St. Paul Federation of Teachers (SPFT) president Mary Cathryn Ricker spelled out her union’s new proposal, called the “Schools St. Paul Children Deserve” at an Achievement Gap Committee (AGC) forum on October 23.
Ricker handed out the proposal at the forum, and explained that it is based on seven core principles, which were developed over the course of a few months by the union and citizen groups in St. Paul. The SPFT has been using the “Schools St. Paul Children Deserve” proposal in their contract negotiations with the St. Paul Public School district; these talks hit rough water in September, and are now in mediation.
The first item in the proposal addresses how to attract and retain teachers of color, which many people cite as a way to help close achievement gaps. Ricker mentioned the “Future Educators of St. Paul” program that operates in some schools currently; SPFT would like to see this after-school club for potential teachers expand to all St. Paul schools, because the union sees it as a way to diversify SPFT’s ranks from within.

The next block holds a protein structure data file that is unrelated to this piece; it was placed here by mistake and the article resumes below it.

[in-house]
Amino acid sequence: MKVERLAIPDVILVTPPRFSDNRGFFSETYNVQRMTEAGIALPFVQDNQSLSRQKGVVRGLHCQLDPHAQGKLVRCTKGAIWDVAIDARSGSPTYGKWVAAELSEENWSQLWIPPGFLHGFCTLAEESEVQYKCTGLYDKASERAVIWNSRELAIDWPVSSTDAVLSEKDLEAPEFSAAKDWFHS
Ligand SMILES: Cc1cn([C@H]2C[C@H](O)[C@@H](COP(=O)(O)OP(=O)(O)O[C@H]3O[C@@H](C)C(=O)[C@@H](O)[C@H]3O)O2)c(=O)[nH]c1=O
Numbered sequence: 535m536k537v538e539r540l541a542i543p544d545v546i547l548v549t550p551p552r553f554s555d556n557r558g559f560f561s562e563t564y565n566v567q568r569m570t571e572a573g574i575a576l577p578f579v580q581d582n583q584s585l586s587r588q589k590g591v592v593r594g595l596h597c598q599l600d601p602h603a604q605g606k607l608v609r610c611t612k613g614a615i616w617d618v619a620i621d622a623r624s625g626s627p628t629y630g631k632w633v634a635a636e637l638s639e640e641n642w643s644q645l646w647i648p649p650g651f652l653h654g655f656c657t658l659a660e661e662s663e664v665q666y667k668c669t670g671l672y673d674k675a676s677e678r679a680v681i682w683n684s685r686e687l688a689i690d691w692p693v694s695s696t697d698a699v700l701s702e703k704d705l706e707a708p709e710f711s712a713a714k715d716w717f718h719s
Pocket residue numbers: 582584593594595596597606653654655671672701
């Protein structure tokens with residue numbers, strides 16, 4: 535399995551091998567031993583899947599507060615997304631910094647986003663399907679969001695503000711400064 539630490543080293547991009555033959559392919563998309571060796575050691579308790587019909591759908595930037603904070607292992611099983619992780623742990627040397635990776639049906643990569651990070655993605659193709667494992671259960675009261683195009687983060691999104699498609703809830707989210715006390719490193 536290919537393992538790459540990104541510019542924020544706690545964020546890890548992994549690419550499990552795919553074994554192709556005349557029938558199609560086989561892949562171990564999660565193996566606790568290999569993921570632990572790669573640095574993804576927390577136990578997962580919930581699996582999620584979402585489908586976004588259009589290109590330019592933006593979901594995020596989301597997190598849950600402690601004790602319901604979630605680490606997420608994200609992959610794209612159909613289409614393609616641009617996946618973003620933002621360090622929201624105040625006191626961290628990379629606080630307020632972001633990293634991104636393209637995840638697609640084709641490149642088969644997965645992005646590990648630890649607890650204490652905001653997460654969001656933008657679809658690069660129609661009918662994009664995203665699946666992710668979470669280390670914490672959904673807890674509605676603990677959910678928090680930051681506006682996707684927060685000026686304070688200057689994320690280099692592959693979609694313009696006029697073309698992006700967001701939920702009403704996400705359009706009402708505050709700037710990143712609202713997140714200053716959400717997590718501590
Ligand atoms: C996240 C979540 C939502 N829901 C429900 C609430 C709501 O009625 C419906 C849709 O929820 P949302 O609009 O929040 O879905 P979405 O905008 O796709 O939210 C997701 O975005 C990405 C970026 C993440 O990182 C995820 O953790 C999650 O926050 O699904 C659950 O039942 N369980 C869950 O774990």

What is the achievement gap, and how is it impacting education in Minnesota? And, what should be done about it? The Minnesota Achievement Gap Committee (AGC), has been addressing these questions since 2005, partly by holding frequent forums based on different ways to close the gaps in education success for different populations of students.
The proposal also includes attention to class size, acknowledging that it does impact student achievement. Ricker said the district agrees with the union on this in principle, but details about how class size adjustments will play out are still up in the air.
A more radical aspect of the proposal is the union’s call for a district-wide opt-out of the MCA standardized tests, which are given across Minnesota each spring. In Ricker’s experience, St. Paul parents are “absolutely rabid” about wanting more focus on teaching, rather than testing. She said SPFT is asking for a way out of the MCA tests so that educators can have “authority” in choosing the assessments they feel will work best for their individual students, rather than applying a universal assessment across the board.
The SPFT proposal, which also included a call for more early childhood education and more high quality professional development for teachers.
During the question session, one person asked for Ricker’s ideas about how to help children whose first language is not English succeed in school. To this, she said she favors an “asset-based” way of looking at all children by “embracing” them as they are, and making sure they are literate in their native language, as well as in English.
CORRECTION 10/28: It’s Mary Cathryn Ricker, not Mary Catherine.